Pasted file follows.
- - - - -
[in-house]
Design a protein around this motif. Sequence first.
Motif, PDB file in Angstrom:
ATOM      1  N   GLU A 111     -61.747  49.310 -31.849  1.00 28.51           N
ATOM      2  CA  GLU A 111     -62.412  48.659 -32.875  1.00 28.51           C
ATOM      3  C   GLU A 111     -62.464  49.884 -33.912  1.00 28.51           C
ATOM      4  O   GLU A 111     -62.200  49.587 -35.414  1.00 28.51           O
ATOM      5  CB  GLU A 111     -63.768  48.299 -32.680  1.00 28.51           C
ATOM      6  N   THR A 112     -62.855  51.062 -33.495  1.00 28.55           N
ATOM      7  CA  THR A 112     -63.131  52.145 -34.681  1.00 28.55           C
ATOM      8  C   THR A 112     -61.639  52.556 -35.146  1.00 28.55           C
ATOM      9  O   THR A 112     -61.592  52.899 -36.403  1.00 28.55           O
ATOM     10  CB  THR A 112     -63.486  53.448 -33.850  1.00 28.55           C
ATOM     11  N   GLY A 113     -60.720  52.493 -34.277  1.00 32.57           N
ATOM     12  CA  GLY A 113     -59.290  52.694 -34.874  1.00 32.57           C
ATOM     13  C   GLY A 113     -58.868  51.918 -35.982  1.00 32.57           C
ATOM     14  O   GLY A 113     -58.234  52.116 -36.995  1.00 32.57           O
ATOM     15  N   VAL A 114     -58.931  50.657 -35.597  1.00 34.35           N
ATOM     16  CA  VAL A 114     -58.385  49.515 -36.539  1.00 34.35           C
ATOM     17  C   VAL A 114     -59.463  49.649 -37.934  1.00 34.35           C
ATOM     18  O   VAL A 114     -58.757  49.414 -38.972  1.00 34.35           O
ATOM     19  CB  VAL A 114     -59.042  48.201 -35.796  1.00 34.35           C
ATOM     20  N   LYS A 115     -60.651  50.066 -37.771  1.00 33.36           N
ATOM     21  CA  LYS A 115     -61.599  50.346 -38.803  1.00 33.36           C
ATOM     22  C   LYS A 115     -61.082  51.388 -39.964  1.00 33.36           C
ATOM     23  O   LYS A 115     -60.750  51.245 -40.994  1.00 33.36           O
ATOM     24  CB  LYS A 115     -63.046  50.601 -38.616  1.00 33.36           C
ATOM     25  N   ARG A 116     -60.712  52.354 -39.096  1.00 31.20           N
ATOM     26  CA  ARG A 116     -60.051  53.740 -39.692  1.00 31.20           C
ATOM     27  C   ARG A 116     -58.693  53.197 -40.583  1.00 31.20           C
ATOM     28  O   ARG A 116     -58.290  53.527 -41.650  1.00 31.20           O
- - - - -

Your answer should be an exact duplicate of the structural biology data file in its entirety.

[in-house]
Design a protein around this motif. Sequence first.
Motif, PDB file in Angstrom:
ATOM      1  N   GLU A 111     -61.747  49.310 -31.849  1.00 28.51           N
ATOM      2  CA  GLU A 111     -62.412  48.659 -32.875  1.00 28.51           C
ATOM      3  C   GLU A 111     -62.464  49.884 -33.912  1.00 28.51           C
ATOM      4  O   GLU A 111     -62.200  49.587 -35.414  1.00 28.51           O
ATOM      5  CB  GLU A 111     -63.768  48.299 -32.680  1.00 28.51           C
ATOM      6  N   THR A 112     -62.855  51.062 -33.495  1.00 28.55           N
ATOM      7  CA  THR A 112     -63.131  52.145 -34.681  1.00 28.55           C
ATOM      8  C   THR A 112     -61.639  52.556 -35.146  1.00 28.55           C
ATOM      9  O   THR A 112     -61.592  52.899 -36.403  1.00 28.55           O
ATOM     10  CB  THR A 112     -63.486  53.448 -33.850  1.00 28.55           C
ATOM     11  N   GLY A 113     -60.720  52.493 -34.277  1.00 32.57           N
ATOM     12  CA  GLY A 113     -59.290  52.694 -34.874  1.00 32.57           C
ATOM     13  C   GLY A 113     -58.868  51.918 -35.982  1.00 32.57           C
ATOM     14  O   GLY A 113     -58.234  52.116 -36.995  1.00 32.57           O
ATOM     15  N   VAL A 114     -58.931  50.657 -35.597  1.00 34.35           N
ATOM     16  CA  VAL A 114     -58.385  49.515 -36.539  1.00 34.35           C
ATOM     17  C   VAL A 114     -59.463  49.649 -37.934  1.00 34.35           C
ATOM     18  O   VAL A 114     -58.757  49.414 -38.972  1.00 34.35           O
ATOM     19  CB  VAL A 114     -59.042  48.201 -35.796  1.00 34.35           C
ATOM     20  N   LYS A 115     -60.651  50.066 -37.771  1.00 33.36           N
ATOM     21  CA  LYS A 115     -61.599  50.346 -38.803  1.00 33.36           C
ATOM     22  C   LYS A 115     -61.082  51.388 -39.964  1.00 33.36           C
ATOM     23  O   LYS A 115     -60.750  51.245 -40.994  1.00 33.36           O
ATOM     24  CB  LYS A 115     -63.046  50.601 -38.616  1.00 33.36           C
ATOM     25  N   ARG A 116     -60.712  52.354 -39.096  1.00 31.20           N
ATOM     26  CA  ARG A 116     -60.051  53.740 -39.692  1.00 31.20           C
ATOM     27  C   ARG A 116     -58.693  53.197 -40.583  1.00 31.20           C
ATOM     28  O   ARG A 116     -58.290  53.527 -41.650  1.00 31.20           O